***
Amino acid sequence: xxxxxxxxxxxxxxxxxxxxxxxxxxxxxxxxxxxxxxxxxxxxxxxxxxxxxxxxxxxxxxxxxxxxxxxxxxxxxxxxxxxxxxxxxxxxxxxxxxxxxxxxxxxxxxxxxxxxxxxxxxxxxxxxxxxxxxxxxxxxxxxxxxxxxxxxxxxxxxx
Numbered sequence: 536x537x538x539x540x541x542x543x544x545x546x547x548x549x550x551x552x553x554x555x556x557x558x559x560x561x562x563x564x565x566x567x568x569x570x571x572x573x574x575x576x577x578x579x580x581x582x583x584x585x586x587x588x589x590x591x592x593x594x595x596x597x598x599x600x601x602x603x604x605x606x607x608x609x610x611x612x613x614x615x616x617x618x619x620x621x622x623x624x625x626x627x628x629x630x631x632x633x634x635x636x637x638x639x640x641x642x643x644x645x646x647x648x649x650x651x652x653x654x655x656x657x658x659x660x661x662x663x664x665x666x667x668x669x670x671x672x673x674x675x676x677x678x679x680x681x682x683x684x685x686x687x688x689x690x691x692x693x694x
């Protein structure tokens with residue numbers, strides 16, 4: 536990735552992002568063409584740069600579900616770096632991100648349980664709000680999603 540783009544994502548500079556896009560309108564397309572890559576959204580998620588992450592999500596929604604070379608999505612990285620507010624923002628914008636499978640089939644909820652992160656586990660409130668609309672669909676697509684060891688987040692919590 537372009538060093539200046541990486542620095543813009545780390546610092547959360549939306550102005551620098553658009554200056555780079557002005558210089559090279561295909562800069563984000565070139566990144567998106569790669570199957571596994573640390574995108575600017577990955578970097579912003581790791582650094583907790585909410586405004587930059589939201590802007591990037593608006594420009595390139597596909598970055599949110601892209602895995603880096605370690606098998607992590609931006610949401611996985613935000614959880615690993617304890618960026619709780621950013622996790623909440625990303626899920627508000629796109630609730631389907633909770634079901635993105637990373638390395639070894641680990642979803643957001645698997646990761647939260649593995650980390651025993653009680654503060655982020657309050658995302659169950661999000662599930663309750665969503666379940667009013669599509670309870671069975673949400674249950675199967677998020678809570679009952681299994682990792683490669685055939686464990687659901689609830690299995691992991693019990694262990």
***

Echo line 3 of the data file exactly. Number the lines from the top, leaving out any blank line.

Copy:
């Protein structure tokens with residue numbers, strides 16, 4: 536990735552992002568063409584740069600579900616770096632991100648349980664709000680999603 540783009544994502548500079556896009560309108564397309572890559576959204580998620588992450592999500596929604604070379608999505612990285620507010624923002628914008636499978640089939644909820652992160656586990660409130668609309672669909676697509684060891688987040692919590 537372009538060093539200046541990486542620095543813009545780390546610092547959360549939306550102005551620098553658009554200056555780079557002005558210089559090279561295909562800069563984000565070139566990144567998106569790669570199957571596994573640390574995108575600017577990955578970097579912003581790791582650094583907790585909410586405004587930059589939201590802007591990037593608006594420009595390139597596909598970055599949110601892209602895995603880096605370690606098998607992590609931006610949401611996985613935000614959880615690993617304890618960026619709780621950013622996790623909440625990303626899920627508000629796109630609730631389907633909770634079901635993105637990373638390395639070894641680990642979803643957001645698997646990761647939260649593995650980390651025993653009680654503060655982020657309050658995302659169950661999000662599930663309750665969503666379940667009013669599509670309870671069975673949400674249950675199967677998020678809570679009952681299994682990792683490669685055939686464990687659901689609830690299995691992991693019990694262990």